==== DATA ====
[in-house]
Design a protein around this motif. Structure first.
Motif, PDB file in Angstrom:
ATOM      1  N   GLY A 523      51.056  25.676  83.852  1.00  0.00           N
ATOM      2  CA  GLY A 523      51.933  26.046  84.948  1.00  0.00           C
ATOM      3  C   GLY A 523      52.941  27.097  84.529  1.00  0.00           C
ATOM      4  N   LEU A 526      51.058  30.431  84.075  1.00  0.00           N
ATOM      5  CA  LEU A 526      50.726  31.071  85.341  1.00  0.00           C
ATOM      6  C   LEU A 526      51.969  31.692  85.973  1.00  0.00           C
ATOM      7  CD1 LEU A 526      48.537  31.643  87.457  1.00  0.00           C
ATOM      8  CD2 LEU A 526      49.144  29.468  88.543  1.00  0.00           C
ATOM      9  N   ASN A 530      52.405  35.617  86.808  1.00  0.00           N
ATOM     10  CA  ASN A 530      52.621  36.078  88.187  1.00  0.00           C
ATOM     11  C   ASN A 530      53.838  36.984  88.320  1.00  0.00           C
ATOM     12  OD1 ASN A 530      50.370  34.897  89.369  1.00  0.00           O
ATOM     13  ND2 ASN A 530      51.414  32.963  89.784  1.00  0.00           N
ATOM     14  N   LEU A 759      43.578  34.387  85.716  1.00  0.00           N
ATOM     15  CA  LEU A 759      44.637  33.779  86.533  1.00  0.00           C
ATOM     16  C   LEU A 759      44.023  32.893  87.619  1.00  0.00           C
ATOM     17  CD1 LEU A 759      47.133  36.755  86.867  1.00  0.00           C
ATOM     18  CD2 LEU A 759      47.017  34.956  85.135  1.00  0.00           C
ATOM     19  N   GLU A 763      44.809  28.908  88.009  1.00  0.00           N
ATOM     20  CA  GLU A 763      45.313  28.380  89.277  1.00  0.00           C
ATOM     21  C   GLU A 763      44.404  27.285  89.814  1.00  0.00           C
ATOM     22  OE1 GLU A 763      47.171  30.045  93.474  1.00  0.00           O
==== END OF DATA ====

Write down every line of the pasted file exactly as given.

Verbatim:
[in-house]
Design a protein around this motif. Structure first.
Motif, PDB file in Angstrom:
ATOM      1  N   GLY A 523      51.056  25.676  83.852  1.00  0.00           N
ATOM      2  CA  GLY A 523      51.933  26.046  84.948  1.00  0.00           C
ATOM      3  C   GLY A 523      52.941  27.097  84.529  1.00  0.00           C
ATOM      4  N   LEU A 526      51.058  30.431  84.075  1.00  0.00           N
ATOM      5  CA  LEU A 526      50.726  31.071  85.341  1.00  0.00           C
ATOM      6  C   LEU A 526      51.969  31.692  85.973  1.00  0.00           C
ATOM      7  CD1 LEU A 526      48.537  31.643  87.457  1.00  0.00           C
ATOM      8  CD2 LEU A 526      49.144  29.468  88.543  1.00  0.00           C
ATOM      9  N   ASN A 530      52.405  35.617  86.808  1.00  0.00           N
ATOM     10  CA  ASN A 530      52.621  36.078  88.187  1.00  0.00           C
ATOM     11  C   ASN A 530      53.838  36.984  88.320  1.00  0.00           C
ATOM     12  OD1 ASN A 530      50.370  34.897  89.369  1.00  0.00           O
ATOM     13  ND2 ASN A 530      51.414  32.963  89.784  1.00  0.00           N
ATOM     14  N   LEU A 759      43.578  34.387  85.716  1.00  0.00           N
ATOM     15  CA  LEU A 759      44.637  33.779  86.533  1.00  0.00           C
ATOM     16  C   LEU A 759      44.023  32.893  87.619  1.00  0.00           C
ATOM     17  CD1 LEU A 759      47.133  36.755  86.867  1.00  0.00           C
ATOM     18  CD2 LEU A 759      47.017  34.956  85.135  1.00  0.00           C
ATOM     19  N   GLU A 763      44.809  28.908  88.009  1.00  0.00           N
ATOM     20  CA  GLU A 763      45.313  28.380  89.277  1.00  0.00           C
ATOM     21  C   GLU A 763      44.404  27.285  89.814  1.00  0.00           C
ATOM     22  OE1 GLU A 763      47.171  30.045  93.474  1.00  0.00           O